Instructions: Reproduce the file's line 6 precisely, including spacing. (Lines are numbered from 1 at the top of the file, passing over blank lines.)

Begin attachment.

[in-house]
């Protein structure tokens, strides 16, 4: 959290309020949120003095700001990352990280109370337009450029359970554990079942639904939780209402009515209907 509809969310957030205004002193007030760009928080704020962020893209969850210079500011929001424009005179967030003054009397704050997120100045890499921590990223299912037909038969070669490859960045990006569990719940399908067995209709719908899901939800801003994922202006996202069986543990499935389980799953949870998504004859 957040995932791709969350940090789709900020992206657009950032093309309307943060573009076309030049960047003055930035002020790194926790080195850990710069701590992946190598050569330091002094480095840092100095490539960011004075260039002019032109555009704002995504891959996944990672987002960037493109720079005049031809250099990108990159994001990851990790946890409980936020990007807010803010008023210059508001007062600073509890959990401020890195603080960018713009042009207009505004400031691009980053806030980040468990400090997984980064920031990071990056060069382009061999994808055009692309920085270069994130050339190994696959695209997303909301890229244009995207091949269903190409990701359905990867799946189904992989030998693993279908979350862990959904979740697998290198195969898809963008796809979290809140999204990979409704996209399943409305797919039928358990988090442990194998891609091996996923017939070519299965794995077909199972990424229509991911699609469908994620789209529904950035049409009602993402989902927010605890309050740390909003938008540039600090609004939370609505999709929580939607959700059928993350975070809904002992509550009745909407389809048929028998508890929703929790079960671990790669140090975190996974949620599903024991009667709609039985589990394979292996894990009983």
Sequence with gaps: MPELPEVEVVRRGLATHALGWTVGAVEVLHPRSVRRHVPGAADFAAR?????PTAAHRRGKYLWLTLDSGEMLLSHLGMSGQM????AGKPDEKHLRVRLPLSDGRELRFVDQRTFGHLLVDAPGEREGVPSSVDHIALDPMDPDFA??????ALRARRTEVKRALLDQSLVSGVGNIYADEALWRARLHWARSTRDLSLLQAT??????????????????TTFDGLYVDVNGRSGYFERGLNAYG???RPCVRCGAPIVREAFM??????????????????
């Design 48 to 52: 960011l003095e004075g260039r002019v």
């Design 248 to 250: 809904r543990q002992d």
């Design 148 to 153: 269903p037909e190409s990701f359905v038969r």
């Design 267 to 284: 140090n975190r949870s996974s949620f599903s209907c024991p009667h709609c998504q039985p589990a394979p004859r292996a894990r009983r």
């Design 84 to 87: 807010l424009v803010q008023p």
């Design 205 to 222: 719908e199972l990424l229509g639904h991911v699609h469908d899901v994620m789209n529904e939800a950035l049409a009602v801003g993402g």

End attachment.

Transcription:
């Design 148 to 153: 269903p037909e190409s990701f359905v038969r």